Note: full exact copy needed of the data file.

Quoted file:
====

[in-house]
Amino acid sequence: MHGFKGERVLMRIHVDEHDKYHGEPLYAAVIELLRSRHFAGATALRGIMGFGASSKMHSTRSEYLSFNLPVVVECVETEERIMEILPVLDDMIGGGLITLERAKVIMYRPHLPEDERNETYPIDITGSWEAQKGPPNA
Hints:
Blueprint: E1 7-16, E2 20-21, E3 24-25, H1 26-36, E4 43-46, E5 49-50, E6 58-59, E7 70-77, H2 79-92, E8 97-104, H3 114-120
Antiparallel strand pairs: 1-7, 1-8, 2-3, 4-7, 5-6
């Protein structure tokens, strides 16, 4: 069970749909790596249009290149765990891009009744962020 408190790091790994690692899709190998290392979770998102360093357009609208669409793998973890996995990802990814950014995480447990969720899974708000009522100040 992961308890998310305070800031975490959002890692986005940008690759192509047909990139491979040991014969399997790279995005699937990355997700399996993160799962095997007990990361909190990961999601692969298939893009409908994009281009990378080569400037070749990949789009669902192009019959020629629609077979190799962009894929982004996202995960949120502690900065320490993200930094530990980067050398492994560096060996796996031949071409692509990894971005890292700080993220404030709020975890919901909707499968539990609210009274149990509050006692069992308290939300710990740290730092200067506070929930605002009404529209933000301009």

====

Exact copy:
[in-house]
Amino acid sequence: MHGFKGERVLMRIHVDEHDKYHGEPLYAAVIELLRSRHFAGATALRGIMGFGASSKMHSTRSEYLSFNLPVVVECVETEERIMEILPVLDDMIGGGLITLERAKVIMYRPHLPEDERNETYPIDITGSWEAQKGPPNA
Hints:
Blueprint: E1 7-16, E2 20-21, E3 24-25, H1 26-36, E4 43-46, E5 49-50, E6 58-59, E7 70-77, H2 79-92, E8 97-104, H3 114-120
Antiparallel strand pairs: 1-7, 1-8, 2-3, 4-7, 5-6
């Protein structure tokens, strides 16, 4: 069970749909790596249009290149765990891009009744962020 408190790091790994690692899709190998290392979770998102360093357009609208669409793998973890996995990802990814950014995480447990969720899974708000009522100040 992961308890998310305070800031975490959002890692986005940008690759192509047909990139491979040991014969399997790279995005699937990355997700399996993160799962095997007990990361909190990961999601692969298939893009409908994009281009990378080569400037070749990949789009669902192009019959020629629609077979190799962009894929982004996202995960949120502690900065320490993200930094530990980067050398492994560096060996796996031949071409692509990894971005890292700080993220404030709020975890919901909707499968539990609210009274149990509050006692069992308290939300710990740290730092200067506070929930605002009404529209933000301009």